As Edinburgh's GP crisis rages, SNP ministers are nowhere to be seen – Ian Murray

One of the cornerstones of our society is that we have confidence in the founding principles of the NHS: it will be there for us, for free, when we need it.

The frontline of our NHS is our GPs. They, their clinicians and staff teams have been, and are, working incredibly hard to provide a service to their patients. However, they need support from their government.

I make no apology for writing about this again because there is an acute GP crisis in the Lothians that is particularly bad in my own constituency. This is hardly surprising given the Scottish Government insisted that Edinburgh Council deliver tens of thousands of new homes without any regard for the infrastructure to support new and existing communities.

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The Scottish Government has been aware of the problems they’d be facing further down the line for over a decade now. But the situation was cast into sharp relief two-and-a-half years ago when NHS Lothian said, in a report, that GP services would “fail” in south Edinburgh without urgent action from the Scottish Government.

After years of raising this with them and the nowhere-to-be-found Health Secretary, currently Humza Yousaf, still nothing has been done to alleviate the situation. As the local MP, I’ve been working with NHS Lothian and local people to try and identify where a new GP practice could be located, and we have options.

Local communities know what they need, and it’s high time government listened to them. The Gilmerton Gateway site has been given planning permission for its first phase of development into local services. The fly in the ointment, however, is our Scottish Health Secretary who’s unwilling to provide the support required to make it happen. The current position is unsustainable and new homes are still being built at pace – most granted approval on appeal by the very same Scottish Government.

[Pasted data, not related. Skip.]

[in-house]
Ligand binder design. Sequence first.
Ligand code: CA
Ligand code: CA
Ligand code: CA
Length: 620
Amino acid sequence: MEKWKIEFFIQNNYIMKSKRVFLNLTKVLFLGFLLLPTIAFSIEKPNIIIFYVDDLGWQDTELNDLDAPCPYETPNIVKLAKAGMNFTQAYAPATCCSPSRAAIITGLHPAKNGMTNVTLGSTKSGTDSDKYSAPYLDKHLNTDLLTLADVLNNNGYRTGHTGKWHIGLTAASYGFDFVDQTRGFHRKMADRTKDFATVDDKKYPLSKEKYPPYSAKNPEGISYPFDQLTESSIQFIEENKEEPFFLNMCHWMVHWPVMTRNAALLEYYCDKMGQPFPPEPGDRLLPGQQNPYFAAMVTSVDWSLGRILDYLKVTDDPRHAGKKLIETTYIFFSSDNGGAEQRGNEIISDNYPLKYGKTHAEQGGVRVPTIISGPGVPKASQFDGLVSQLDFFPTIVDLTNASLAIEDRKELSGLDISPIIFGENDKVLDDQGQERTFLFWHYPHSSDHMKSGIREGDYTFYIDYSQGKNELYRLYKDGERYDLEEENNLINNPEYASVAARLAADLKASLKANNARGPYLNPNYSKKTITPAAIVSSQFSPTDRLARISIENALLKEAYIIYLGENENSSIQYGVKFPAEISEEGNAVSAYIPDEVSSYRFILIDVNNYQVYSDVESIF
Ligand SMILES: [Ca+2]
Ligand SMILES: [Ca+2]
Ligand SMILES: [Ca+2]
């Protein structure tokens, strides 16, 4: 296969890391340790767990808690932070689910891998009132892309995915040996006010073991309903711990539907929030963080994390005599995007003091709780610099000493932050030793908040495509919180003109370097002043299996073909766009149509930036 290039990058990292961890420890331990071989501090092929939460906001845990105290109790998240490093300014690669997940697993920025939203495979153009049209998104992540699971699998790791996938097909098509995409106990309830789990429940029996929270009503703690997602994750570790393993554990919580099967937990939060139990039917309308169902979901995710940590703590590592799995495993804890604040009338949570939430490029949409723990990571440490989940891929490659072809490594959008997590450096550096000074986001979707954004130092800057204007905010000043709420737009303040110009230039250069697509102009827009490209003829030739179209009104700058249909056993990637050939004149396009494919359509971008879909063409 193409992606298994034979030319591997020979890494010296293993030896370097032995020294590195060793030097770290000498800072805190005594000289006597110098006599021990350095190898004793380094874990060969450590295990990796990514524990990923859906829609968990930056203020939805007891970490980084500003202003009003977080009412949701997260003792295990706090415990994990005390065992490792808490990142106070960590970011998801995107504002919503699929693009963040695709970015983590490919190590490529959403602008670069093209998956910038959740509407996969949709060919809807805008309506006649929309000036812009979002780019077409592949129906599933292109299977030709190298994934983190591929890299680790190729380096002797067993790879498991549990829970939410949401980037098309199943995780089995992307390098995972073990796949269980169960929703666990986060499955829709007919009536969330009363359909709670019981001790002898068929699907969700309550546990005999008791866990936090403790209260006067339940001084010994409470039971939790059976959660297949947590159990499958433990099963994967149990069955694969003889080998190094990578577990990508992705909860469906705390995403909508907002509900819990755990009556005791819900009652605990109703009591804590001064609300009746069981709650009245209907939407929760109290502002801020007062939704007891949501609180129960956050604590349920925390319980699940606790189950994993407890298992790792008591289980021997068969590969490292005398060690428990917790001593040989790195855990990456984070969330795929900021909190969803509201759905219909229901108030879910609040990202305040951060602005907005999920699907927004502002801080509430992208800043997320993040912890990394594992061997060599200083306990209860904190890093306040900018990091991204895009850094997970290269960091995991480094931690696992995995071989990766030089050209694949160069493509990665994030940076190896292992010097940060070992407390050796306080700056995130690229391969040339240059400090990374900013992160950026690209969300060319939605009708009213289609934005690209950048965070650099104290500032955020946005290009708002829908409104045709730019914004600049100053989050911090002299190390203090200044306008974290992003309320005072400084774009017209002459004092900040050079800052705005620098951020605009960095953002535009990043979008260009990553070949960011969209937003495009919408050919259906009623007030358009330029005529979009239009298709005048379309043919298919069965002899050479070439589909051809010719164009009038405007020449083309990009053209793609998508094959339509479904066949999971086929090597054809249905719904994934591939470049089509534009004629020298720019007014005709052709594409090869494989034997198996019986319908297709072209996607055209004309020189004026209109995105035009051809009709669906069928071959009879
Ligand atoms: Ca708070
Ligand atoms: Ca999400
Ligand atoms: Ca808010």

A regrettable consequence of the GP crisis is that many go to A&E at the Edinburgh Royal Infirmary. It is little wonder, then, that the exhausted A&E department has the worst waiting times in history due to the sheer volume of misplaced patients. Some say this is nothing to do with me as the NHS is completely devolved to the Scottish Parliament. I say it has everything to do with me if it’s affecting my constituents and I will not stop the campaign until we get the infrastructure and services we deserve.

Other examples are the King’s Theatre, Gorgie Farm and the Filmhouse – three pillars of the Edinburgh cultural and educational community that are under threat of closure or have closed. Many constituents have been in touch to see what I can do, and I will do all I can to help despite them being outside my constituency boundaries.

There is a serious GP crisis in the Lothians (Picture: Oli Scarff/AFP via Getty Images)

There’s been virtual radio silence from their own SNP MSP, who also happens to be the Scottish Culture Secretary. Yet again, in power but not in office. What is the point of a government who can’t do what they are supposed to do – provide NHS services and support for local infrastructure?

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The people of Edinburgh and Scotland more widely deserve a government that can deliver for them, and a Labour government in Scotland would do just that.

Ian Murray is Labour MP for Edinburgh South